17 May 2016
It was a typical candid camera moment, when British Prime Minister, David Cameron was caught on video last week making unflattering statements about corruption in Nigeria and Afghanistan. The conversation that led to Cameron’s infamous “fantastically corrupt” statement took place in a private event with the head of the British monarchy, Queen Elizabeth II and other dignitaries and was not intended to be broadcast publicly.
However, albeit how unexpected the publication of the statement was, Nigerians took to Social Media in their troves demanding a public apology from the Prime Minister, with a large majority taking offense at the statement not because it was false but because it seemed inappropriate and unfair that a foreigner was making public jest of a widely known Nigerian problem.
This is probably why public opinion was also upset that President Buhari when asked to address Cameron’s statement during the Anti-Corruption Summit which held almost immediately after refused to demand an apology but instead demanded for a return of stolen assets that were stored in Britain by corrupt Nigerian government officials.
The truth of this matter is encapsulated in the knowledge that Nigeria is immensely entrenched in corruption. One only has to look at the current situation in the country to find proof of this. The Nigerian Senate President, Bukola Saraki is currently undergoing corruption trial with the Code of Conduct Tribunal at the same time that the massive data leak by alias, Panama Papers also implicated him of diverting government funds from his tenure as governor of Kwara state, to store in personal offshore accounts.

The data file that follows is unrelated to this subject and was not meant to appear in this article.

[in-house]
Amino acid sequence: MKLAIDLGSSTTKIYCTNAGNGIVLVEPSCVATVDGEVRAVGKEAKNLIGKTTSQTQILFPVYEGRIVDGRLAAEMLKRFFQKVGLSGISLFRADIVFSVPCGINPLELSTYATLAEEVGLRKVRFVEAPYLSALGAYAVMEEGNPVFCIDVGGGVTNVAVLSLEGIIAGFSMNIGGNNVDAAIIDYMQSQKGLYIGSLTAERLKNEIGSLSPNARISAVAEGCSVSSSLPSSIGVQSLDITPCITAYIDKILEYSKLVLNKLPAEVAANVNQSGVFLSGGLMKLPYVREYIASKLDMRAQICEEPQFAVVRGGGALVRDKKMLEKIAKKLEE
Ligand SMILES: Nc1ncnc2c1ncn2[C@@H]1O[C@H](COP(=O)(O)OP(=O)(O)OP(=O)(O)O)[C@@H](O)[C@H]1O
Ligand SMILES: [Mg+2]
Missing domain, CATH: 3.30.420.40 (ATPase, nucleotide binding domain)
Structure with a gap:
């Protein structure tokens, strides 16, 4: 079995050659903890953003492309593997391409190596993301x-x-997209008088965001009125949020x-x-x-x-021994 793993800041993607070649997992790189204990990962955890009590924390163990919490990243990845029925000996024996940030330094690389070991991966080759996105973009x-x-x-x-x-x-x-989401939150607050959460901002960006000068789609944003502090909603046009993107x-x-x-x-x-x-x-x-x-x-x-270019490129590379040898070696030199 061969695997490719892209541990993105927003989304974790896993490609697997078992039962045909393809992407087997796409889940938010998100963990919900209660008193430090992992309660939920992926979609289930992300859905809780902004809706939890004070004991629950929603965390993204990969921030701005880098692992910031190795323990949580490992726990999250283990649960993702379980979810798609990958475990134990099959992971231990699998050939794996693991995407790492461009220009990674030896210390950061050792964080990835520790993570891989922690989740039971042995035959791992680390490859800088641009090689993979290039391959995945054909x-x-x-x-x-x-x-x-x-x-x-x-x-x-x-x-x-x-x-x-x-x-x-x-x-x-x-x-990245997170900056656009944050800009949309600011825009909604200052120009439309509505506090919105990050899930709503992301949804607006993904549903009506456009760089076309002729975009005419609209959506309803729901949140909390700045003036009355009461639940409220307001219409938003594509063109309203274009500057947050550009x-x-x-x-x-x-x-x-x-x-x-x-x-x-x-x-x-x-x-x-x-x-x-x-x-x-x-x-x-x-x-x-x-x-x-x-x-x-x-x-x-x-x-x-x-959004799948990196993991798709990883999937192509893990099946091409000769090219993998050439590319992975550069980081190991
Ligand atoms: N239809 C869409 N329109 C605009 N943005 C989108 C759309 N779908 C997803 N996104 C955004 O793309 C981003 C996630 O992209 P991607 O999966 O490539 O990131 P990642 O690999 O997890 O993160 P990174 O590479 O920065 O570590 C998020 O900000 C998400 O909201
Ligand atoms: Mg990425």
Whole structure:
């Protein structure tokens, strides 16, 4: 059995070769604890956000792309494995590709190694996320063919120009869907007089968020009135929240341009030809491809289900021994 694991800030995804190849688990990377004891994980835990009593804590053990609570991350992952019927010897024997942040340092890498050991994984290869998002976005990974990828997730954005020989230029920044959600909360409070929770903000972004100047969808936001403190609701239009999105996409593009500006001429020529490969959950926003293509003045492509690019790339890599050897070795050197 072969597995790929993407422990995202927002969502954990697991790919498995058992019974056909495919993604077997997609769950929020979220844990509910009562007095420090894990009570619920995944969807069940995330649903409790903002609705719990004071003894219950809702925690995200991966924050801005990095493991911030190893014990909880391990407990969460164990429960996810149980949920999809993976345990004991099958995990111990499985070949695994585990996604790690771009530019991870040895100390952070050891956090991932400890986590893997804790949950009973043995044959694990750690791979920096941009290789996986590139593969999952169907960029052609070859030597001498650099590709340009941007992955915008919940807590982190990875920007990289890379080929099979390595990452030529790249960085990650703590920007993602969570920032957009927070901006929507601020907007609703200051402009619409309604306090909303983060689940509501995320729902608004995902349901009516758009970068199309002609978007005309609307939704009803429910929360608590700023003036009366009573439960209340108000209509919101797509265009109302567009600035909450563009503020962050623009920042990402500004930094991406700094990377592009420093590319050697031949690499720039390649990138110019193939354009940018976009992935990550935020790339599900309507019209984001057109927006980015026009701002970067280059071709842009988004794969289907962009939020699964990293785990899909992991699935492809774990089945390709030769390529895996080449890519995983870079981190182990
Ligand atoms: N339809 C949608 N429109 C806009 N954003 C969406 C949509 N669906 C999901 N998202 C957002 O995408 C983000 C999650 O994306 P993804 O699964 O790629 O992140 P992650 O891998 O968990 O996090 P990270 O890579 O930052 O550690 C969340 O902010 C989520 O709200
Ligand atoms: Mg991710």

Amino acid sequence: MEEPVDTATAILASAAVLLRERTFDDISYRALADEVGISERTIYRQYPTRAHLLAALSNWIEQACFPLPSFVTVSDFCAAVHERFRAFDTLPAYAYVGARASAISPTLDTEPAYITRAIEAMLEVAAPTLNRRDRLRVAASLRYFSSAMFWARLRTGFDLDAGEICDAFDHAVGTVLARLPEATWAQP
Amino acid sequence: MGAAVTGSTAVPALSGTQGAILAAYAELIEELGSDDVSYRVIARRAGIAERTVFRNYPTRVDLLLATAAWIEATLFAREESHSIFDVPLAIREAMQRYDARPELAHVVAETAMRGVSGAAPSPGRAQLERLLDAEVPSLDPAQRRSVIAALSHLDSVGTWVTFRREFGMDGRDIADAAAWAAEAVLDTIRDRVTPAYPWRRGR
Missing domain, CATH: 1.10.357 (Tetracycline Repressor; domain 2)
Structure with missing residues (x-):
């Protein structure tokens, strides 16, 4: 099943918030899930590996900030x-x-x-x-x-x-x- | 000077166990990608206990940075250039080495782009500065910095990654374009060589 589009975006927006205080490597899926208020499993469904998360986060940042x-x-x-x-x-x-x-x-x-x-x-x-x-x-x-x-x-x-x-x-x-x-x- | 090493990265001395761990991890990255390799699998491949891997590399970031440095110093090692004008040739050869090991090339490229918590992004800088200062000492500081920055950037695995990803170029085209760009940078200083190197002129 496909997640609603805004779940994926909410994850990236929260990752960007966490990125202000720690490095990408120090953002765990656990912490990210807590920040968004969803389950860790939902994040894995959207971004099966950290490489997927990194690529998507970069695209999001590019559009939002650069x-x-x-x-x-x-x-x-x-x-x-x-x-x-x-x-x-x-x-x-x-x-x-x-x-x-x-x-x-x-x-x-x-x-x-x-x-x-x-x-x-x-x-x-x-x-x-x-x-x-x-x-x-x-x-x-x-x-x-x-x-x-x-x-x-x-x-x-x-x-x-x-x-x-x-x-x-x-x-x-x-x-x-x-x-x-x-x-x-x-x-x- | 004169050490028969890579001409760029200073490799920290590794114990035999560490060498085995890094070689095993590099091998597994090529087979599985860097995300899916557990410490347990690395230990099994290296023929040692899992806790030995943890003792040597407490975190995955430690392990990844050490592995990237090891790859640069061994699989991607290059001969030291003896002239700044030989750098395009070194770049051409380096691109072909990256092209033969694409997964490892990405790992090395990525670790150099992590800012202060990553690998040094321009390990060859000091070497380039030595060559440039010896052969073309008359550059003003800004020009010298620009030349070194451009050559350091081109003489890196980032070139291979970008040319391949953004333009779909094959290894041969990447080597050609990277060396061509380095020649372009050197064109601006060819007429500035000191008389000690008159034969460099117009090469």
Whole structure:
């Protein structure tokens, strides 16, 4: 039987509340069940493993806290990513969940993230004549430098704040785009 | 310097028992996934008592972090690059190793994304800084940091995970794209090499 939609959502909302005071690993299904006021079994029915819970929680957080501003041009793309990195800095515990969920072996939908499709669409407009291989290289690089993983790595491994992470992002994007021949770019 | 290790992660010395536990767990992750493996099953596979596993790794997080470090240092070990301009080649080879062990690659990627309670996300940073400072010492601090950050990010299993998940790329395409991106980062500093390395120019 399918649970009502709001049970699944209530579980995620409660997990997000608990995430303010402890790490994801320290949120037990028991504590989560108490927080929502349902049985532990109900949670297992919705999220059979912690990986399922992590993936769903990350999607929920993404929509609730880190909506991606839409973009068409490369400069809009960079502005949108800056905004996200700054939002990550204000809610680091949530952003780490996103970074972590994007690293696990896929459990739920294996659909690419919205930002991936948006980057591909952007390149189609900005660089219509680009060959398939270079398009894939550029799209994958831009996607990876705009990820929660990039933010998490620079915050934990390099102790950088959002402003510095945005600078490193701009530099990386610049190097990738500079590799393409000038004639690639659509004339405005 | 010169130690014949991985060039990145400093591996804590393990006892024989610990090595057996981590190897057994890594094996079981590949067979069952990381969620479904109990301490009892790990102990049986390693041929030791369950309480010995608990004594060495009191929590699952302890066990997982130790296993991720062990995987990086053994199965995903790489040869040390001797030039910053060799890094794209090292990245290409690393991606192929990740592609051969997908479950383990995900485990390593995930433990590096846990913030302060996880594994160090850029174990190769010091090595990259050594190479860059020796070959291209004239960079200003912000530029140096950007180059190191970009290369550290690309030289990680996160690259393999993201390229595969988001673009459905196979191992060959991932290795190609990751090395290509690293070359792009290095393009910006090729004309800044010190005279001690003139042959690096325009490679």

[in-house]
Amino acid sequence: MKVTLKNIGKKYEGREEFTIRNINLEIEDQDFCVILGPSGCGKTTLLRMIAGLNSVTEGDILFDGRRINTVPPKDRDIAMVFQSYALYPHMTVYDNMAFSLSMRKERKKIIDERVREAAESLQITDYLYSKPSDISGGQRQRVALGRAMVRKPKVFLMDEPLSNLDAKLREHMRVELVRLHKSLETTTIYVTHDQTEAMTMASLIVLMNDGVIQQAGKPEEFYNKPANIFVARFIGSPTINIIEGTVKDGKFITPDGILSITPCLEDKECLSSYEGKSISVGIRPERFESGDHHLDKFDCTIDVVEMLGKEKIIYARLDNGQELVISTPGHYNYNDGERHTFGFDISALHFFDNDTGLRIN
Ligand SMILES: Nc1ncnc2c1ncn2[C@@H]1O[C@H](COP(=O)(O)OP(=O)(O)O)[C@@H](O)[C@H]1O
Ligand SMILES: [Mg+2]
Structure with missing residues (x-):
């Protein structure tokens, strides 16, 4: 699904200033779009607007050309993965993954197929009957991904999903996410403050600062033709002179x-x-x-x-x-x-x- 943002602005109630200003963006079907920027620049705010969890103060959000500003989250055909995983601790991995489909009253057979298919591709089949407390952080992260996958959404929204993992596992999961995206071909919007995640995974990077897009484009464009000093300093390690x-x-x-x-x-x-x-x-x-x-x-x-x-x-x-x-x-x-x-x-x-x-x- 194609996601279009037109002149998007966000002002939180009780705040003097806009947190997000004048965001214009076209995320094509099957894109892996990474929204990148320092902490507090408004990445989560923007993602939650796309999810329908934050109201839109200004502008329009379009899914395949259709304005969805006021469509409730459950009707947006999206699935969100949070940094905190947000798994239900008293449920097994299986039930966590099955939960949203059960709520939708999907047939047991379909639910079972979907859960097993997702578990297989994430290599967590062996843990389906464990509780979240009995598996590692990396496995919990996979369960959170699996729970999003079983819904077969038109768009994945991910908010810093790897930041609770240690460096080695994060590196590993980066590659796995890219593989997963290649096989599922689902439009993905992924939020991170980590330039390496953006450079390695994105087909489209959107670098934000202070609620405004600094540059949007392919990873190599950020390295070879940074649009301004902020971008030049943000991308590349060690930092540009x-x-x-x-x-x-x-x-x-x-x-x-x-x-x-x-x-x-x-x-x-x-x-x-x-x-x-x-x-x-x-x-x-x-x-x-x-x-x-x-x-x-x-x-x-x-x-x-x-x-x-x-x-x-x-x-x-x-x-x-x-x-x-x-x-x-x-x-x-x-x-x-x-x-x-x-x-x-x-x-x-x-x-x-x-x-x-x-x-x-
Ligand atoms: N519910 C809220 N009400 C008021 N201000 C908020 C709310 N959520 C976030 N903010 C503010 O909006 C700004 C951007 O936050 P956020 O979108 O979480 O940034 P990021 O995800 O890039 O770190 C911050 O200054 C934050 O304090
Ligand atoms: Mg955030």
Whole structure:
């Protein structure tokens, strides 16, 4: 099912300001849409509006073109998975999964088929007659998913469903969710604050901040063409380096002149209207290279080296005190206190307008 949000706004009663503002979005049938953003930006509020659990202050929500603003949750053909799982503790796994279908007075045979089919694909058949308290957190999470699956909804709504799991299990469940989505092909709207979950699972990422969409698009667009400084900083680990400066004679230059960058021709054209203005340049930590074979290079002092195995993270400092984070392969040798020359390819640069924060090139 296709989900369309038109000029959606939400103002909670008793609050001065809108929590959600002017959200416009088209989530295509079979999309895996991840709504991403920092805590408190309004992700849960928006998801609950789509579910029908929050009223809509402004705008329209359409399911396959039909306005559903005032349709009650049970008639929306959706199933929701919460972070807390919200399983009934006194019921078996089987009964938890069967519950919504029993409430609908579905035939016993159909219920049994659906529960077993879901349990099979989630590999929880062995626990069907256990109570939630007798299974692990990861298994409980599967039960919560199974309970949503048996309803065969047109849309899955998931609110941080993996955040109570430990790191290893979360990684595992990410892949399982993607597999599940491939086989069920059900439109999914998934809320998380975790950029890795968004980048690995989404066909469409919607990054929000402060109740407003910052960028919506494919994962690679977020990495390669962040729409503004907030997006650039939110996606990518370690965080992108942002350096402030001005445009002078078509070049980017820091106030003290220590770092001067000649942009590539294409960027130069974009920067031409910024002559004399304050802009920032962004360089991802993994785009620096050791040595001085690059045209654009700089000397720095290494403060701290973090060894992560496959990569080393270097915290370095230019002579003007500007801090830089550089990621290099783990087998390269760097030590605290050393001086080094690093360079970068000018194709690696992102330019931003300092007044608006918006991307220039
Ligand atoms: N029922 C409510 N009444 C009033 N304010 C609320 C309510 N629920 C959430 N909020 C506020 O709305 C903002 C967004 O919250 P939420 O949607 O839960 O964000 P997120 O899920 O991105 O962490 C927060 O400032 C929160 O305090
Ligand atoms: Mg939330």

His is but an example of the many allegedly corrupt Nigerian government officials, yet nothing has been done to ensure that those who flout the rules and purposely go against their oath to serve and work for the good of the country are brought to justice. The system is constantly being manipulated by the minority in power at the detriment of the majority public and there is little or nothing that has been done about it for many years.
However, President Buhari came into power with the Change mandate and the hope and determination to drive corruption out of Nigeria. And so perhaps the one statement made in that video that we can all agree with is the one the Archbishop of Canterbury, Justin Welby made in response to Cameron’s controversial statement. “But this particular President is actually not corrupt”, Welby says.
And as the Queen replies with a “he’s trying” and Welby answers, “oh yes, he’s trying very hard”, it is possible that we too can look at the situation and agree that President Buhari is indeed working hard to turn the Nigerian reputation for “fantastic corruption” into a thing of the past.
Author: Aderonke Adeleke
Writer. Music lover. Movie junkie. Social Media Enthusiast. Aspiring dancer. Aspiring photographer. Social Introvert.